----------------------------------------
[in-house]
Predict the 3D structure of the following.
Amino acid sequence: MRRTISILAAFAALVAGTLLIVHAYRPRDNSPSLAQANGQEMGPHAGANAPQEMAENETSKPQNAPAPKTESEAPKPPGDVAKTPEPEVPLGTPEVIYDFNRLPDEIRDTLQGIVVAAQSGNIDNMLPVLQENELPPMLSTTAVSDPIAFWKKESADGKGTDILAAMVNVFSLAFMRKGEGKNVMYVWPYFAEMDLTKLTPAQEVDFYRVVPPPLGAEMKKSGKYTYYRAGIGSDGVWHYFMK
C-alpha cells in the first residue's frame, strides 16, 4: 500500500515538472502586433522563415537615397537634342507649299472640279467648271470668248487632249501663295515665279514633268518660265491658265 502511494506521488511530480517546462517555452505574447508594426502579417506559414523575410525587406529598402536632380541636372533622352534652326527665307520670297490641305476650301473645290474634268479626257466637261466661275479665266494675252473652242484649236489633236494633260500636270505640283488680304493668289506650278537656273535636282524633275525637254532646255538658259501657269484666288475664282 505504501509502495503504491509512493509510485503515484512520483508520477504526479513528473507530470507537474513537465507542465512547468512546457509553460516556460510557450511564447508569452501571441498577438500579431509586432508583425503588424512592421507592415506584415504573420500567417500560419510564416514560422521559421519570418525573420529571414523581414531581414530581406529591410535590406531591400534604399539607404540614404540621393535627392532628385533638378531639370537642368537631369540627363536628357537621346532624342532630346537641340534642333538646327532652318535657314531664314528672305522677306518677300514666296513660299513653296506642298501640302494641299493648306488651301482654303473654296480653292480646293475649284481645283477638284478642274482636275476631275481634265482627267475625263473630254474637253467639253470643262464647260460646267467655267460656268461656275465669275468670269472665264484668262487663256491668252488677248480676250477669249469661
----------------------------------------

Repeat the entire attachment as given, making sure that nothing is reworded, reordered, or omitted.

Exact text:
[in-house]
Predict the 3D structure of the following.
Amino acid sequence: MRRTISILAAFAALVAGTLLIVHAYRPRDNSPSLAQANGQEMGPHAGANAPQEMAENETSKPQNAPAPKTESEAPKPPGDVAKTPEPEVPLGTPEVIYDFNRLPDEIRDTLQGIVVAAQSGNIDNMLPVLQENELPPMLSTTAVSDPIAFWKKESADGKGTDILAAMVNVFSLAFMRKGEGKNVMYVWPYFAEMDLTKLTPAQEVDFYRVVPPPLGAEMKKSGKYTYYRAGIGSDGVWHYFMK
C-alpha cells in the first residue's frame, strides 16, 4: 500500500515538472502586433522563415537615397537634342507649299472640279467648271470668248487632249501663295515665279514633268518660265491658265 502511494506521488511530480517546462517555452505574447508594426502579417506559414523575410525587406529598402536632380541636372533622352534652326527665307520670297490641305476650301473645290474634268479626257466637261466661275479665266494675252473652242484649236489633236494633260500636270505640283488680304493668289506650278537656273535636282524633275525637254532646255538658259501657269484666288475664282 505504501509502495503504491509512493509510485503515484512520483508520477504526479513528473507530470507537474513537465507542465512547468512546457509553460516556460510557450511564447508569452501571441498577438500579431509586432508583425503588424512592421507592415506584415504573420500567417500560419510564416514560422521559421519570418525573420529571414523581414531581414530581406529591410535590406531591400534604399539607404540614404540621393535627392532628385533638378531639370537642368537631369540627363536628357537621346532624342532630346537641340534642333538646327532652318535657314531664314528672305522677306518677300514666296513660299513653296506642298501640302494641299493648306488651301482654303473654296480653292480646293475649284481645283477638284478642274482636275476631275481634265482627267475625263473630254474637253467639253470643262464647260460646267467655267460656268461656275465669275468670269472665264484668262487663256491668252488677248480676250477669249469661